WeChat´s presence abroad should also be viewed in the context of the continuously increasing Chinese soft power. Chinese soft power has been discussed from various angles, mainly in connection with its economic capabilities and extensive diplomatic reach. While in many instances, China has been argued to be involved in more sharp international policies, such as in financing Confucian Institutes abroad or the Belt and Road Initiative, WeChat could be considered as part of a soft “charm offensive” type of policy. The Chinese “charm offensive” has possibly lost some of its momentum in the past year, mainly in connection with the COVID-19 outbreak and the original concealing of the information about the real extent of the epidemic. On the other hand, China excels in “mask diplomacy” and always manages to somehow repair and boost its image as a responsible global leader. In this way, WeChat can be viewed as a part of the Chinese purposeful attempt at building its prestigious reputation abroad.

 

Conclusion

            WeChat or the official version of Weixin have become a way of Chinese living. Abroad, WeChat has become a major source of information, as well as a major source of Chinese reputation building and impression making. Yet, both versions of WeChat are underlined by a certain level of political manipulation, surveillance, and censorship. In China, as WeChat allows its user to conduct most of the basic daily activities and interactions, it is highly unlikely that its influence will decrease any time soon. What is more, as long as WeChat will operate in close cooperation with the Chinese Communist Party and government, it will, either naturally or artificially, maintain its prime position among all other alternative networks. The popularity of WeChat in China is heavily influenced by the favour of the Chinese government, yet, abroad, WeChat´s popularity depends mainly on its users or how local authorities allow or disable its use. Reviewing all the dangers, both actual and potential that await the international user on WeChat, ranging from misuse of personal data and information to the threat of becoming stranded in an echo chamber reflecting only pro-Chinese-regime opinions, demonstrates how alarming the situation is. Unlike in China, the legal and governmental authorities in the various countries abroad have the powers and capabilities to extend the protection of their citizens in applications like WeChat. And while some political figures have already voiced their concern over WeChat and other Chinese applications, their popularity has not decreased as a result. On the contrary, WeChat seems to be on track with its continuous development and progress, providing its users with an increasing number of convenient and revolutionary functions. Perhaps applications like WeChat deserve more attention than ever, not only for their capacities but mainly for their role in the wider political context. Is it only about censoring unwanted information, or is it rather about spreading intended impressions? This and many other questions related to WeChat and other Chinese applications remain unanswered but provide fertile ground for further research.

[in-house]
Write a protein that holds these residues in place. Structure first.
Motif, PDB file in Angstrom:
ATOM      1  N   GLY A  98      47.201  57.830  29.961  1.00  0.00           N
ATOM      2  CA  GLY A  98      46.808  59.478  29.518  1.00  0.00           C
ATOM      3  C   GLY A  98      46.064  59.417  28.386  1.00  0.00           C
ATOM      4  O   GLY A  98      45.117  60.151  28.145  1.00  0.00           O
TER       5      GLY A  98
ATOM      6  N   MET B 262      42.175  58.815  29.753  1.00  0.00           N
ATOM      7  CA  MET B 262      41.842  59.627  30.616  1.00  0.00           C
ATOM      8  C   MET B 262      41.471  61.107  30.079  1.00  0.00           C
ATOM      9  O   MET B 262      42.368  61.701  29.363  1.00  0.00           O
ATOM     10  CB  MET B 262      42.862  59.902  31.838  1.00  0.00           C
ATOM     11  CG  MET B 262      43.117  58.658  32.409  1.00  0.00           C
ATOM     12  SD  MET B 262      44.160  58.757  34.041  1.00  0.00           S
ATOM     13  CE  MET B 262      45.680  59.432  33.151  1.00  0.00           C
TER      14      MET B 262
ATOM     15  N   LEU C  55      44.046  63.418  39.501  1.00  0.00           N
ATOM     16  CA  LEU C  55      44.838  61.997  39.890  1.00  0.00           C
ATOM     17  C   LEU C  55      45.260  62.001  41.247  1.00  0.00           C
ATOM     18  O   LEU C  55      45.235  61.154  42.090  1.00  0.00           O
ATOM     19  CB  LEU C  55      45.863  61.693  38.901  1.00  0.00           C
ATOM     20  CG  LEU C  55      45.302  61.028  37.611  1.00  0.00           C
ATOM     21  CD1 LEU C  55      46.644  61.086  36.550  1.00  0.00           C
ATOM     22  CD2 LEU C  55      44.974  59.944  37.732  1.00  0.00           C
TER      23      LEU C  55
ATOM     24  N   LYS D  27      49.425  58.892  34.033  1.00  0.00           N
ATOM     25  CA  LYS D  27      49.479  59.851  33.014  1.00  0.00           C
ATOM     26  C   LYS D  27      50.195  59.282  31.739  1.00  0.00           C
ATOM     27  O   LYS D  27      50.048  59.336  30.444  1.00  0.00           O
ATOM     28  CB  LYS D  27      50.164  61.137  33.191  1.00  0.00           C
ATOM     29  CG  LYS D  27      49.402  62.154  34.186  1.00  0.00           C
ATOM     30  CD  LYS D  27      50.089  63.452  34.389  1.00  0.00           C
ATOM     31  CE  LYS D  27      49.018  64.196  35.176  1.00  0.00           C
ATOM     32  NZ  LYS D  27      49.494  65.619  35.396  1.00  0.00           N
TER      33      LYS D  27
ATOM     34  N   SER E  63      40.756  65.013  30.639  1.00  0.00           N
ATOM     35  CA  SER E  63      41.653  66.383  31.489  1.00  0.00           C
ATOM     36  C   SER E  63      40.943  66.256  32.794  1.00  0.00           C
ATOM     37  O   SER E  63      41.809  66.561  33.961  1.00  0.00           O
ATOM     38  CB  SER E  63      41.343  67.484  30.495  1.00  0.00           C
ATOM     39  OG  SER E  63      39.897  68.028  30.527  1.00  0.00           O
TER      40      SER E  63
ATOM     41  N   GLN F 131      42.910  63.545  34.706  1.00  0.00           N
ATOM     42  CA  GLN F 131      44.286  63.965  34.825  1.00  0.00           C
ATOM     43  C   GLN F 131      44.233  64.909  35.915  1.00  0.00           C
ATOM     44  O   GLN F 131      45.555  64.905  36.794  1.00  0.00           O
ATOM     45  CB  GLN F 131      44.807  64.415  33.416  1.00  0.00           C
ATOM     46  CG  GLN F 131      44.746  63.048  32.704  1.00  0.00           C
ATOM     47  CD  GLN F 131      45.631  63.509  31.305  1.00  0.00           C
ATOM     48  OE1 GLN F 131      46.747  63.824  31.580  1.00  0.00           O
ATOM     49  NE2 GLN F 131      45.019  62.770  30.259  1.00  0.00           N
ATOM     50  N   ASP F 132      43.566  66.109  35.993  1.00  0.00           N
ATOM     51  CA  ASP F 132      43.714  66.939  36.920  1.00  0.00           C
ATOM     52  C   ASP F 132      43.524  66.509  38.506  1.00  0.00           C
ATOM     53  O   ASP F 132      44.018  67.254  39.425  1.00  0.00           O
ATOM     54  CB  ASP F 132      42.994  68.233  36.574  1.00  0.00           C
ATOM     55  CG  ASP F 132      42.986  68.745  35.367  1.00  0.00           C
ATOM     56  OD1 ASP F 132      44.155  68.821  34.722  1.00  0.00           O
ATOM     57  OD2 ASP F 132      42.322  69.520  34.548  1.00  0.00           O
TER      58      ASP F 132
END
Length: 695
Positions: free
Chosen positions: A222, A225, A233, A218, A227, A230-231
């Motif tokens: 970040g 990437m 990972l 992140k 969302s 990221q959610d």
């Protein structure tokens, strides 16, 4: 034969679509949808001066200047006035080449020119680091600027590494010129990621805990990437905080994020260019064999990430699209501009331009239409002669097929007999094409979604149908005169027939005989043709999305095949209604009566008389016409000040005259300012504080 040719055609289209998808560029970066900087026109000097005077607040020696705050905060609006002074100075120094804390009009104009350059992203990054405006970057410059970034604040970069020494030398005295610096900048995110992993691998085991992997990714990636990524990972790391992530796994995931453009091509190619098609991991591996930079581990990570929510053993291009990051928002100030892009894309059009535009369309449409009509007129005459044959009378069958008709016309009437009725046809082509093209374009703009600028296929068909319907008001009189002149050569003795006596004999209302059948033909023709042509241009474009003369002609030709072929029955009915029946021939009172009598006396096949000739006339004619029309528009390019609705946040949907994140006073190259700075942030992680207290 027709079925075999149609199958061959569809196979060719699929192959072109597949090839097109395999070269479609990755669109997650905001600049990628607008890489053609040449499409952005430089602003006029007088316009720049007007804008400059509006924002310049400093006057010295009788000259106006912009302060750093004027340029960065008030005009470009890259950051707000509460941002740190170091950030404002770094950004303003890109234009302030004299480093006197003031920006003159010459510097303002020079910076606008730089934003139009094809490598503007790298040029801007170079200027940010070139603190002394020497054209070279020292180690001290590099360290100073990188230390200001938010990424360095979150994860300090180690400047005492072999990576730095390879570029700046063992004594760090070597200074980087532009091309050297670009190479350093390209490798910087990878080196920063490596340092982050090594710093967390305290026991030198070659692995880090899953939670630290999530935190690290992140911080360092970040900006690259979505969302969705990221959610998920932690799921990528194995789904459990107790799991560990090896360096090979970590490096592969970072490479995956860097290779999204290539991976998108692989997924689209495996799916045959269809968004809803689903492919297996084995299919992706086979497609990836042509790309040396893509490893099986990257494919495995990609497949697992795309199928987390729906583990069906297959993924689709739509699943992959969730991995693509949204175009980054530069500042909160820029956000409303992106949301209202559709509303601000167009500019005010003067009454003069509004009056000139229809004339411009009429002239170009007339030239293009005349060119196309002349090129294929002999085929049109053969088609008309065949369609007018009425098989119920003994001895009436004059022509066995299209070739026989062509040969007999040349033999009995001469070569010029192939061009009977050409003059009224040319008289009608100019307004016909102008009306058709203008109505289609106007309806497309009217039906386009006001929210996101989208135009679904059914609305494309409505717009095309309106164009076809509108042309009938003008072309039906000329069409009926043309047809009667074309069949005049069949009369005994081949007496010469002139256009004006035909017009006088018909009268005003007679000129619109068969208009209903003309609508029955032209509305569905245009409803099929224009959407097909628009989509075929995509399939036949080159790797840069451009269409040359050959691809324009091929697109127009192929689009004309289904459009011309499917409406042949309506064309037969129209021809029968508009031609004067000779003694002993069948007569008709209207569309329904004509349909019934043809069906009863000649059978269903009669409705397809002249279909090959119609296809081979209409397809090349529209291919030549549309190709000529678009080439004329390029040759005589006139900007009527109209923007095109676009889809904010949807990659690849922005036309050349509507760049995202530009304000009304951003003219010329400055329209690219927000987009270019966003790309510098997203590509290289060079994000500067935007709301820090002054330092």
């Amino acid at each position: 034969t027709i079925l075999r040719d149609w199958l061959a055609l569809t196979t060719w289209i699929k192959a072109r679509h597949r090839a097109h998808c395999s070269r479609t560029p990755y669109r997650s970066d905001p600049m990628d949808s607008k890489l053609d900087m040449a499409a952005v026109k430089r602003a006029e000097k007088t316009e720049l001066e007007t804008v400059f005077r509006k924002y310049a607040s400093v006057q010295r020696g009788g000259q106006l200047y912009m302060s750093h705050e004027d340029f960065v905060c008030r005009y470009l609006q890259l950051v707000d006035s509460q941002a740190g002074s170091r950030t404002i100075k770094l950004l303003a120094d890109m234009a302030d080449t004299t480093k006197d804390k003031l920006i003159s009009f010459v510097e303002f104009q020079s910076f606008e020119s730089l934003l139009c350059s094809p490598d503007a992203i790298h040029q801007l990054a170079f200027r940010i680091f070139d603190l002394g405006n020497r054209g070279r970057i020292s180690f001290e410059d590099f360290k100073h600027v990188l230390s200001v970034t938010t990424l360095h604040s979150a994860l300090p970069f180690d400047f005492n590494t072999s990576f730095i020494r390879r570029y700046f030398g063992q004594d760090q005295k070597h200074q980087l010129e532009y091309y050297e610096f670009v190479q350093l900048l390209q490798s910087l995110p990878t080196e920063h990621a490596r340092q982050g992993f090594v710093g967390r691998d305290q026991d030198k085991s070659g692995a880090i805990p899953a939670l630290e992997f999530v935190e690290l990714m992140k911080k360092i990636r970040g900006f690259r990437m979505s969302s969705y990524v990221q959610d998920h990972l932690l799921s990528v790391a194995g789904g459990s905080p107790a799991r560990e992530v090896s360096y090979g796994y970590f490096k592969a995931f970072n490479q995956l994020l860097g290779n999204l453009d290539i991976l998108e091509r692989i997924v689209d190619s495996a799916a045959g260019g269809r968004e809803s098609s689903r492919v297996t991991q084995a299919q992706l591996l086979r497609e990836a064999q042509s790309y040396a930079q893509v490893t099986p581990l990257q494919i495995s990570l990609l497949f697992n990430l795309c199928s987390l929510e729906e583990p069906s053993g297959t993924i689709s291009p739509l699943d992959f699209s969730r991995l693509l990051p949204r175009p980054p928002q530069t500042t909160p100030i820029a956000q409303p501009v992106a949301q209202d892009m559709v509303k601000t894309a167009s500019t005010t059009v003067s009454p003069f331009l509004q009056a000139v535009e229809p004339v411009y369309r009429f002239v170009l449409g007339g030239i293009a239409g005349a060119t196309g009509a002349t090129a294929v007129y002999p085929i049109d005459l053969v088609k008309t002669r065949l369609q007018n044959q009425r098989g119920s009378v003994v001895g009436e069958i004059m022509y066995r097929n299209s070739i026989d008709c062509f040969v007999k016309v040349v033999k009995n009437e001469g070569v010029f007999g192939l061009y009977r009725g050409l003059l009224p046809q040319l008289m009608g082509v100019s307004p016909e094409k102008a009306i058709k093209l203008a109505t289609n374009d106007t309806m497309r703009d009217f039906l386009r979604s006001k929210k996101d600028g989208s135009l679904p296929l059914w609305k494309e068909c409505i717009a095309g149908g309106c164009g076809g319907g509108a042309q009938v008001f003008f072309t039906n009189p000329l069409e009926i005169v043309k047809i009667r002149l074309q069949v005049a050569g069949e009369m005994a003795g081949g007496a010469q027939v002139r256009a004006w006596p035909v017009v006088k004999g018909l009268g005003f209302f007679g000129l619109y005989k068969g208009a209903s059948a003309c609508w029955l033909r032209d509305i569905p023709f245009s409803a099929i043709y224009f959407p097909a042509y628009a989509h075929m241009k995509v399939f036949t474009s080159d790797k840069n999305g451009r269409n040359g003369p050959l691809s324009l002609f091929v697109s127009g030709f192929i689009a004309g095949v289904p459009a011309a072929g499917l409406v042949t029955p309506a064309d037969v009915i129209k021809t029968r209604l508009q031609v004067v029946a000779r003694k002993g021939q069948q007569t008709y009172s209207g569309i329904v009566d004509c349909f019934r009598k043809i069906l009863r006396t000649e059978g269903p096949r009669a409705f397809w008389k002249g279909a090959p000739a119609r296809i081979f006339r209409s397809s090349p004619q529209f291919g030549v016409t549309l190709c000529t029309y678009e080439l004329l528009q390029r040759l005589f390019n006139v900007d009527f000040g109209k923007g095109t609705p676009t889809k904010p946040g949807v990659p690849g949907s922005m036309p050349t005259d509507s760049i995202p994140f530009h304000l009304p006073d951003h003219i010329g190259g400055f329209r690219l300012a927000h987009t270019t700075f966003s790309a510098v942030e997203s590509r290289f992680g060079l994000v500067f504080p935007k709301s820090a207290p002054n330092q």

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Source of the picture: https://www.monmouth.edu/magazine/the-dark-side-of-wechat/

Written by Daniela Monsportová